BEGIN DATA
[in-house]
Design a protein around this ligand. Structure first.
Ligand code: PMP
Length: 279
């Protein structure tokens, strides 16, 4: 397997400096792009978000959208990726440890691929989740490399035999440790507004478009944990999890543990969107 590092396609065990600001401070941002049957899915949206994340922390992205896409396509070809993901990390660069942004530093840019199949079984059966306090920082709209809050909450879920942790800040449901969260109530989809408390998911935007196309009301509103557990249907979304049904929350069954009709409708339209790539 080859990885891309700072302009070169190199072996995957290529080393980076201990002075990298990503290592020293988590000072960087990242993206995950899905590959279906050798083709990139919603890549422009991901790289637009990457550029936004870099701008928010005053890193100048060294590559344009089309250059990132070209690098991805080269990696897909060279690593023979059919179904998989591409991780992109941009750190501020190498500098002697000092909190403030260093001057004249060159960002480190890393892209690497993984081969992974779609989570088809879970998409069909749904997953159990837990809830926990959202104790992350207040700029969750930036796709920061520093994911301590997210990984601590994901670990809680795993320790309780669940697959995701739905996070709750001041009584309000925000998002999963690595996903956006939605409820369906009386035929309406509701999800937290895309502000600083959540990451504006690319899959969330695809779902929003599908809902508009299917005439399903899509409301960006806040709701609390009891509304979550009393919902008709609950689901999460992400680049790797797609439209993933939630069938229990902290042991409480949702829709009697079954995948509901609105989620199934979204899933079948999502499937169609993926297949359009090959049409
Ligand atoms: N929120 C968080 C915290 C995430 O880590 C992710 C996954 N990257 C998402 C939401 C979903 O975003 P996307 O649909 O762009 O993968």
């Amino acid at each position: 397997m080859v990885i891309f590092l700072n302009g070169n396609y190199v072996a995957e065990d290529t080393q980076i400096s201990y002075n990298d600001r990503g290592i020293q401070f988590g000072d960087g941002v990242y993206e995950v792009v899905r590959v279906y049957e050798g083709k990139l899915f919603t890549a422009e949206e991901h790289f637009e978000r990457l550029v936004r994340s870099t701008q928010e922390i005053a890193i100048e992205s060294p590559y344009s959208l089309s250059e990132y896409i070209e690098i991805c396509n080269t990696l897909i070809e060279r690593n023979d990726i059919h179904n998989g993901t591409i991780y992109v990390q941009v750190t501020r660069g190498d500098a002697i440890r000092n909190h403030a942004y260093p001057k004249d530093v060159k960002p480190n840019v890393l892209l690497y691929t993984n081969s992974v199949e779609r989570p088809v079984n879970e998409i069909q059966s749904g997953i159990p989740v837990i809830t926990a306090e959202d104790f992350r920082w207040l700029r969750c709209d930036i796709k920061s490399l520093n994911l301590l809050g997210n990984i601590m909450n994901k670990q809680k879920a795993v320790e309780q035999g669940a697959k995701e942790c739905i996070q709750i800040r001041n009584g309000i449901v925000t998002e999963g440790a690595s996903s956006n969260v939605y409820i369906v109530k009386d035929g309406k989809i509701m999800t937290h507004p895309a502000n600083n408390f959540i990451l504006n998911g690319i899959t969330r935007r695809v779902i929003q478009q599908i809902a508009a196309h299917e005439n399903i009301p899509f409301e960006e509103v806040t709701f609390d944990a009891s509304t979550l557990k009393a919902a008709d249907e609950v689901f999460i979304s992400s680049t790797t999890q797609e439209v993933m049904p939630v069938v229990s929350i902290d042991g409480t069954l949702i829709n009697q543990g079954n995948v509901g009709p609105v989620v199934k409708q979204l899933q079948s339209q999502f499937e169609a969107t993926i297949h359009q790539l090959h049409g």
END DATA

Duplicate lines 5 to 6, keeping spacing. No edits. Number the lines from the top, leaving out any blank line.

């Protein structure tokens, strides 16, 4: 397997400096792009978000959208990726440890691929989740490399035999440790507004478009944990999890543990969107 590092396609065990600001401070941002049957899915949206994340922390992205896409396509070809993901990390660069942004530093840019199949079984059966306090920082709209809050909450879920942790800040449901969260109530989809408390998911935007196309009301509103557990249907979304049904929350069954009709409708339209790539 080859990885891309700072302009070169190199072996995957290529080393980076201990002075990298990503290592020293988590000072960087990242993206995950899905590959279906050798083709990139919603890549422009991901790289637009990457550029936004870099701008928010005053890193100048060294590559344009089309250059990132070209690098991805080269990696897909060279690593023979059919179904998989591409991780992109941009750190501020190498500098002697000092909190403030260093001057004249060159960002480190890393892209690497993984081969992974779609989570088809879970998409069909749904997953159990837990809830926990959202104790992350207040700029969750930036796709920061520093994911301590997210990984601590994901670990809680795993320790309780669940697959995701739905996070709750001041009584309000925000998002999963690595996903956006939605409820369906009386035929309406509701999800937290895309502000600083959540990451504006690319899959969330695809779902929003599908809902508009299917005439399903899509409301960006806040709701609390009891509304979550009393919902008709609950689901999460992400680049790797797609439209993933939630069938229990902290042991409480949702829709009697079954995948509901609105989620199934979204899933079948999502499937169609993926297949359009090959049409
Ligand atoms: N929120 C968080 C915290 C995430 O880590 C992710 C996954 N990257 C998402 C939401 C979903 O975003 P996307 O649909 O762009 O993968």